Hearing Loss Common in Dementia & Alzheimer’s Disease
Untreated hearing loss is associated with depression, anxiety, and a reduced quality of life.
In addition, senior citizens that suffer with hearing loss are more likely to also develop dementia and Alzheimer’s disease than those who do not have hearing loss.
Studies of about 2,000 seniors with a mean average age of 77 years over a period of 6 years found that there’s a greater likelihood of developing dementia and Alzheimer’s disease when hearing loss is severe. Moreover, even seniors with mild hearing loss were more prone to cognitive failures. The reason is that hearing loss can accelerate atrophy of the brain’s gray matter (middle and inferior temporal gyri) which are integral to memory and sensory integration and, in turn, makes listening and comprehension more difficult. (Interestingly, similar atrophy is also noted in people with Alzheimer’s disease.) And the way to combat it, to improve hearing, and to preserve brain function is to wear hearing aids.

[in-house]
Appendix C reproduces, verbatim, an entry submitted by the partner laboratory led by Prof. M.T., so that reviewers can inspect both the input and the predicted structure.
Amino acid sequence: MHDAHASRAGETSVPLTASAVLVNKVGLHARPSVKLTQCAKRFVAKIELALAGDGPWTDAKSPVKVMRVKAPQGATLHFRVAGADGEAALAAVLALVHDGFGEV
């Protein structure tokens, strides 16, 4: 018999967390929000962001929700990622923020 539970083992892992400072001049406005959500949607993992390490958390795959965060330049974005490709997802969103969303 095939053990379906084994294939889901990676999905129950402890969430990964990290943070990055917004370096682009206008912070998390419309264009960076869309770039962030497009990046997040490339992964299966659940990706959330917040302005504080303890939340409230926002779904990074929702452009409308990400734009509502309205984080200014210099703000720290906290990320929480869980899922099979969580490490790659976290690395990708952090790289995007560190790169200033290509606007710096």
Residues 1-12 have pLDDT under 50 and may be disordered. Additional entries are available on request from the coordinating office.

If your audiologist can diagnose hearing loss in the early stages, more of your hearing can be preserved and the progression of dementia and Alzheimer’s disease can be slowed down.
In short, hearing aids not only improve hearing function but they can mitigate or prevent brain atrophy and subsequent onset of dementia and Alzheimer’s disease.